The bestest peace plan ever for the mideast: Israel should withdraw completely from the Palestinian areas, and not cross the border to attack or even gather intelligence. It should hand the territories over to the UN, and tell Kofi Annan he has 4 or 5 years to straighten things out. Israel will only take military action against terrorists on the other side of its borders if the UN asks. Israel won't interfere at all in the Palestinian areas, unless the UN asks.
And when 4-5 years are up, and the terror hasn't ended, and the new Palestinian government (or UN dictatorship) wasn't making a geniune effort for peace, Israel should take as much of the Palestinian territory as it needs for security. (hint: the proximity of the West Bank to the middle of Israel means NONE of it can remain in Palestinian hands if terrorists are launching Katyusha rockets from it; Israel would have to take the whole West Bank). So Israel could give the Palestinians one last chance, and then end the whole problem for good.
There is no way ANYONE could realistically accuse Israel of sabotaging the peace plan, because Israel would completely extricate itself from the territories and leave it up to the UN to run.
Israel would suffer a lot during those 4-5 years, but it would build up an immense resolve during that time, the resolve necessary to engage in ethnic cleansing, and the rest of the world (the UN) would not be able to criticize Israel because they would be the ones in charge of stopping Palestinian terrorists.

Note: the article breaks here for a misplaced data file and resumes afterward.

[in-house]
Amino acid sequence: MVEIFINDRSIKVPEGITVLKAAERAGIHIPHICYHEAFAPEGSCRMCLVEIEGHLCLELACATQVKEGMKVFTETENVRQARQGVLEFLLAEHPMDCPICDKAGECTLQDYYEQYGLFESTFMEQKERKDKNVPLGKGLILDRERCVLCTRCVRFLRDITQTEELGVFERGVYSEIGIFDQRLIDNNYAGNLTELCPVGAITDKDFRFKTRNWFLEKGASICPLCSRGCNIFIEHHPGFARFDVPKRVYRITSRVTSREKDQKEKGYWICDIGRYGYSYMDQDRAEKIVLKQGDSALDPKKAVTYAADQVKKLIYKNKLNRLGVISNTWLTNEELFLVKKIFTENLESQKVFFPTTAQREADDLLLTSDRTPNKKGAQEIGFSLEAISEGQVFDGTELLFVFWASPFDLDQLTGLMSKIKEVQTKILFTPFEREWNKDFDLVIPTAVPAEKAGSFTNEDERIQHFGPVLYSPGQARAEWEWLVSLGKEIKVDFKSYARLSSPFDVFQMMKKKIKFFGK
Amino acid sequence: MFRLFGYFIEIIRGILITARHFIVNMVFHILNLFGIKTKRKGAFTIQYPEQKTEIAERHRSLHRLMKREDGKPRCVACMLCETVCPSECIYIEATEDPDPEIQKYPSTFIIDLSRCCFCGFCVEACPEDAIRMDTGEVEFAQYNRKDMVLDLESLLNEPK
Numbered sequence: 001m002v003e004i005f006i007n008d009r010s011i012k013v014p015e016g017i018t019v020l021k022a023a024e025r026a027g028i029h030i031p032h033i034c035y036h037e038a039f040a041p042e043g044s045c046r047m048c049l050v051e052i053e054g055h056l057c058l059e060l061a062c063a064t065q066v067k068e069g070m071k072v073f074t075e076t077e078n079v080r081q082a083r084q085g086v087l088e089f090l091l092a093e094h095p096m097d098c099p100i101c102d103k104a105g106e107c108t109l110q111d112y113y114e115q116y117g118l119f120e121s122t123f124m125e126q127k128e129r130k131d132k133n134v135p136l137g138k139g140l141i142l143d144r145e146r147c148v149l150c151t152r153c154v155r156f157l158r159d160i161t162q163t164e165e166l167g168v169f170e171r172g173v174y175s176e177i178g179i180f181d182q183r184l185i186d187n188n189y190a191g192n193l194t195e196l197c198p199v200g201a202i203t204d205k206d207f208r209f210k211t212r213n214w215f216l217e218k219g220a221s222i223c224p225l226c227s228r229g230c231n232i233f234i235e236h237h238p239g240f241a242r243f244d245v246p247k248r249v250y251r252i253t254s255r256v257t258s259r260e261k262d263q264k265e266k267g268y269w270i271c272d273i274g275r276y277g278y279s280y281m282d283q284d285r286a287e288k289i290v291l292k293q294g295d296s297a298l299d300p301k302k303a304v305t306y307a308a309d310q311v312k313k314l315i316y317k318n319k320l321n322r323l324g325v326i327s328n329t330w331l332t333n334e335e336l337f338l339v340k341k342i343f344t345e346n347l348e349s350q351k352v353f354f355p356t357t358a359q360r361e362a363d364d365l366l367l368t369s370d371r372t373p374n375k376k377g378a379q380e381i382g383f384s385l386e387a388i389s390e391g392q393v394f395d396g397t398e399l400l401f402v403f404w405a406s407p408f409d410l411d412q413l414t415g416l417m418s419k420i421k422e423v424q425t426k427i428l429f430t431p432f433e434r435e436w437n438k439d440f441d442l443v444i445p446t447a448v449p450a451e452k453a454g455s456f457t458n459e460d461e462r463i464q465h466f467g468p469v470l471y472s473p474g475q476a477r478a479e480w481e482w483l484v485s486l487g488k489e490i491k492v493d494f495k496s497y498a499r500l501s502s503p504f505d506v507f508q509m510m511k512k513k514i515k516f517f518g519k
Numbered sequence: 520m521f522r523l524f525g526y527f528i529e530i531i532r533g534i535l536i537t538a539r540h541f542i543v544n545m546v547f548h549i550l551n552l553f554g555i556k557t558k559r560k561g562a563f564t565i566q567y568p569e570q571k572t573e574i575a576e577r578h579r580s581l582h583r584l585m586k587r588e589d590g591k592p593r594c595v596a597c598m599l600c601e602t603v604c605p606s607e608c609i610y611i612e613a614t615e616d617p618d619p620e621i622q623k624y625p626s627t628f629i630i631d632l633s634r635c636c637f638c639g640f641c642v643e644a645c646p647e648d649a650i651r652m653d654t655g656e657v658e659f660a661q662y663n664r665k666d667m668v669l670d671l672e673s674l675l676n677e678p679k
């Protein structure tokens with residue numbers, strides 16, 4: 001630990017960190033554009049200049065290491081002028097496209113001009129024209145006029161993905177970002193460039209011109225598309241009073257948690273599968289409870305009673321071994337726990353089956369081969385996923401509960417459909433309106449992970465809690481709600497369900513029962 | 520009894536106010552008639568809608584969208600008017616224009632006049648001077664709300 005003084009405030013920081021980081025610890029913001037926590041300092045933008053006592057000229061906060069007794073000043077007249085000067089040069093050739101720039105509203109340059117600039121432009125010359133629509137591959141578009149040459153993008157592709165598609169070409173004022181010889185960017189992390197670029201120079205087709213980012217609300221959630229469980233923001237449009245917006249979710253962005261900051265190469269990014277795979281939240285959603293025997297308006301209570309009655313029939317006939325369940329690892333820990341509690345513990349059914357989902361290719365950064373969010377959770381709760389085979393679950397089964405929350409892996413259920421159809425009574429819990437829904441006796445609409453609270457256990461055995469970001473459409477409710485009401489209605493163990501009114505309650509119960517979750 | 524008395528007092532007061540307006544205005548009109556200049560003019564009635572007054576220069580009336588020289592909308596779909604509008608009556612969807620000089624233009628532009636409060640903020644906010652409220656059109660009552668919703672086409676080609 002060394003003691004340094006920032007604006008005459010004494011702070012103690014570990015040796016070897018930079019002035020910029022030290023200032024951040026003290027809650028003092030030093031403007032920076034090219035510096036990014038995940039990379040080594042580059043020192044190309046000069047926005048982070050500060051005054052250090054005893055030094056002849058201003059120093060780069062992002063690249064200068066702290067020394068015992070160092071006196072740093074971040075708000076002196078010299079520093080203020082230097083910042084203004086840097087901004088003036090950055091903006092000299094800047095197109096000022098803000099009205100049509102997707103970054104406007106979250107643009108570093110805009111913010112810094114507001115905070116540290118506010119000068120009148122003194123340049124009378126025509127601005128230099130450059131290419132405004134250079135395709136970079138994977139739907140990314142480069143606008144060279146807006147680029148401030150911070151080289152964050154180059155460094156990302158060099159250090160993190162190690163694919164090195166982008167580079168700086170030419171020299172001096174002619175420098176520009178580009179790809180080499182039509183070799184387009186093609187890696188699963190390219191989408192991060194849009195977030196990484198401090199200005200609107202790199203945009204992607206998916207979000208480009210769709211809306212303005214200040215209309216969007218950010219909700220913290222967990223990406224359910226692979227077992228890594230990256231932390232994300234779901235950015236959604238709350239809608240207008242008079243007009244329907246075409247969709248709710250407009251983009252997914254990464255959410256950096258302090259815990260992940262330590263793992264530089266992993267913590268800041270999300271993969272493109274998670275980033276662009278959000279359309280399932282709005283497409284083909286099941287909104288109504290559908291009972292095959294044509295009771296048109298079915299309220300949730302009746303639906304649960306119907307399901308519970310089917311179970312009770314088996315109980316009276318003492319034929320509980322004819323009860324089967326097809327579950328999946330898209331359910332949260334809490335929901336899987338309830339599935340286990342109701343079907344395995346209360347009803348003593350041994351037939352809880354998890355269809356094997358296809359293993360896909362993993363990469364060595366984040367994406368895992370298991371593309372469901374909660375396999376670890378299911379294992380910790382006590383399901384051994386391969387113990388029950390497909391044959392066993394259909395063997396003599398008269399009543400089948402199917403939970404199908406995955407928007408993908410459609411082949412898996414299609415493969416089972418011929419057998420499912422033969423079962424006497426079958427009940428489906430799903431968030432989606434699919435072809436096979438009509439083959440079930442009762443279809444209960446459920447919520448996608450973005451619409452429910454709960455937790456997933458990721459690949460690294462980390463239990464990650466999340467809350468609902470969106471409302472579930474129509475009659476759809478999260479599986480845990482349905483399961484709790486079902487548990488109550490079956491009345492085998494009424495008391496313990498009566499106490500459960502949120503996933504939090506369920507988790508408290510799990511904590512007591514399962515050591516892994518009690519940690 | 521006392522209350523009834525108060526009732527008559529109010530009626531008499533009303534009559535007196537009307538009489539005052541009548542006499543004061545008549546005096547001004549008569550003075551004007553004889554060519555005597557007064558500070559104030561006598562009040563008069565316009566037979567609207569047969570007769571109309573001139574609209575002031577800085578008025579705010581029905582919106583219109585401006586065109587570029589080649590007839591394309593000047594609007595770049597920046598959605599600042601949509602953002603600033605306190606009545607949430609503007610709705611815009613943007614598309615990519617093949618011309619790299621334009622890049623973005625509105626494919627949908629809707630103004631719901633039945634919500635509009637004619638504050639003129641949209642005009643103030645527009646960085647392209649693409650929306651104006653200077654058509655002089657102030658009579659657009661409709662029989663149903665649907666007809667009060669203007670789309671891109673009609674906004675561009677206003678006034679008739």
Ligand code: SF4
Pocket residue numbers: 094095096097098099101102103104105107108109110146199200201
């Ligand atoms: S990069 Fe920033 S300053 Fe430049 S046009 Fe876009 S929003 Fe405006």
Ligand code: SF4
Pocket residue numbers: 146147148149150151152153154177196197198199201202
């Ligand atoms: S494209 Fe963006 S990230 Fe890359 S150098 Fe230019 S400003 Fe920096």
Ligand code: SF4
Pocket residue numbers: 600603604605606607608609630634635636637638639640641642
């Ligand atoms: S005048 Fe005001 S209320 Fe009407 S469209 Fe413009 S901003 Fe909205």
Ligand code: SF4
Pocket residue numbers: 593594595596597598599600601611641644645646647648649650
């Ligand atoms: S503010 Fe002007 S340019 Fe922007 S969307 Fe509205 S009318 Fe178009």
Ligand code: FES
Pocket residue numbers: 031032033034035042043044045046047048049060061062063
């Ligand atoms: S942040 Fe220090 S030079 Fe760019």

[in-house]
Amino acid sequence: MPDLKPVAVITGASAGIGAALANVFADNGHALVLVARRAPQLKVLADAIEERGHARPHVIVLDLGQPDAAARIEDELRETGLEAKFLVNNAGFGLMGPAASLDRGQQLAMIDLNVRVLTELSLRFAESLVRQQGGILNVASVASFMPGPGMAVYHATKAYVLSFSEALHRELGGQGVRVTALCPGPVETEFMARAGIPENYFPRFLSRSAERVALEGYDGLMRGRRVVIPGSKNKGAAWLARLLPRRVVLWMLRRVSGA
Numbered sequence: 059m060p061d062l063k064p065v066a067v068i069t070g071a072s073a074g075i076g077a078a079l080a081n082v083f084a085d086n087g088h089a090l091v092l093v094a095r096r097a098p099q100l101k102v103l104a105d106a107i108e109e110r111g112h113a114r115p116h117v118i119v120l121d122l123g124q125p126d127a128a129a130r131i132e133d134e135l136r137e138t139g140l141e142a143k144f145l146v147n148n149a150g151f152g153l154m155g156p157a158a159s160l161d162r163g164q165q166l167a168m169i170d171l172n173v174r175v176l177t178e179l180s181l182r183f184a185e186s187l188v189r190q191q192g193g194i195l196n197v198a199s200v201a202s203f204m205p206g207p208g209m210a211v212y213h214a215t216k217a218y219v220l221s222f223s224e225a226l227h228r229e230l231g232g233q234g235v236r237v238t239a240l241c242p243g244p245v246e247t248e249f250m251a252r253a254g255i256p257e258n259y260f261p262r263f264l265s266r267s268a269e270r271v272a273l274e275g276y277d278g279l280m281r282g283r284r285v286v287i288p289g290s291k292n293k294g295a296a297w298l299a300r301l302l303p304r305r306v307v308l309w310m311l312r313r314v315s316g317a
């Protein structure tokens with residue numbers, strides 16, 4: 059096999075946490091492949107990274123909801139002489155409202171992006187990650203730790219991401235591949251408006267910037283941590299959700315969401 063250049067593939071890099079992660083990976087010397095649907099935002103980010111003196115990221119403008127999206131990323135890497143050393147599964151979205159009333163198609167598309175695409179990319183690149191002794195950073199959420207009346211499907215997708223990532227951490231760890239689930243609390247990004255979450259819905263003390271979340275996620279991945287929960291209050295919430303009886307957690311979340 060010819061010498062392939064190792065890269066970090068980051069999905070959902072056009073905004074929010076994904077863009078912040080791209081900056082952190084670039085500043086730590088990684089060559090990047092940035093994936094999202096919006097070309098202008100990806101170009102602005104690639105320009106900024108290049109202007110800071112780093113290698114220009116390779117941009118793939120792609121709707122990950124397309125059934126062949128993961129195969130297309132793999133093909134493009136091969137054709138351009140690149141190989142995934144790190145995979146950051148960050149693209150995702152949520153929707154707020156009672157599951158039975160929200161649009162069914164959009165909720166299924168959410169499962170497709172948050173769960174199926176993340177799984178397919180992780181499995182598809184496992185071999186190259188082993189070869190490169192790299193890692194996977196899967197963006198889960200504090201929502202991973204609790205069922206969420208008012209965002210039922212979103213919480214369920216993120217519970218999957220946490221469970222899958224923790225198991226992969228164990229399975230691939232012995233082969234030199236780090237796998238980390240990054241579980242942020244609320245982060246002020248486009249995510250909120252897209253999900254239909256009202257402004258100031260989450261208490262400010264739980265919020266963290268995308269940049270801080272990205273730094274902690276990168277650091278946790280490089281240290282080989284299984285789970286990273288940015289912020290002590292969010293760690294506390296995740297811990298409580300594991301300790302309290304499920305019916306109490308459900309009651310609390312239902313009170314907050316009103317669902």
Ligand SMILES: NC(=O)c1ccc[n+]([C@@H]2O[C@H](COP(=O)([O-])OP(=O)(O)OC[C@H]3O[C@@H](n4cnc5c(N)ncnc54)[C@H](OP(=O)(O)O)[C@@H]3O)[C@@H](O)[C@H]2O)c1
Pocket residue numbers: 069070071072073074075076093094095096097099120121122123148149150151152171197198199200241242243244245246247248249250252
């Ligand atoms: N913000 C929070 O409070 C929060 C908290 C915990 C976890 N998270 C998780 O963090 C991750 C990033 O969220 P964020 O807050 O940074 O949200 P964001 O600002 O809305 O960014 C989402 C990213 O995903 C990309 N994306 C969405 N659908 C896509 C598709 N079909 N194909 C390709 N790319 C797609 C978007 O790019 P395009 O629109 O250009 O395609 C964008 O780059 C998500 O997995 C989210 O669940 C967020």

It's such a beautiful plan, and the best part is, it actually has a chance of working, because Palestinians might get so scared of losing their Last Chance (they know they're not going to get any more after that), so they might actually make peace, which would be even more incredible. Posted
Wednesday, October 09, 2002
State Censorship by the Ever-so-Sophisticated French
America has divided into two factions: those who fight evil and those who do not believe in evil. The dividing line is religion.
Both are instances in which a kid is used to say something the adults really want to say, but are afraid to say themselves, because they know how stupid, divisive, morally crapulent, or just plain pathetic it is. And they know they would catch hell for it. So they use a kid instead, in the hopes s/he won't be criticized, because of his/her youth.
But we in the anti-idiotarian realm of the blogosphere aren't afraid to call them crudehurtfulnames after ripping their arguments to shreds. If Andrew Sullivan called me an idiot, I think I would cry myself to sleep... Eric Tuan in a way reminds me now of this kid (scroll to the bottom right), because he's going to be scarred for life. (okay, I was kidding about the crying thing, but I would be really unhappy) Posted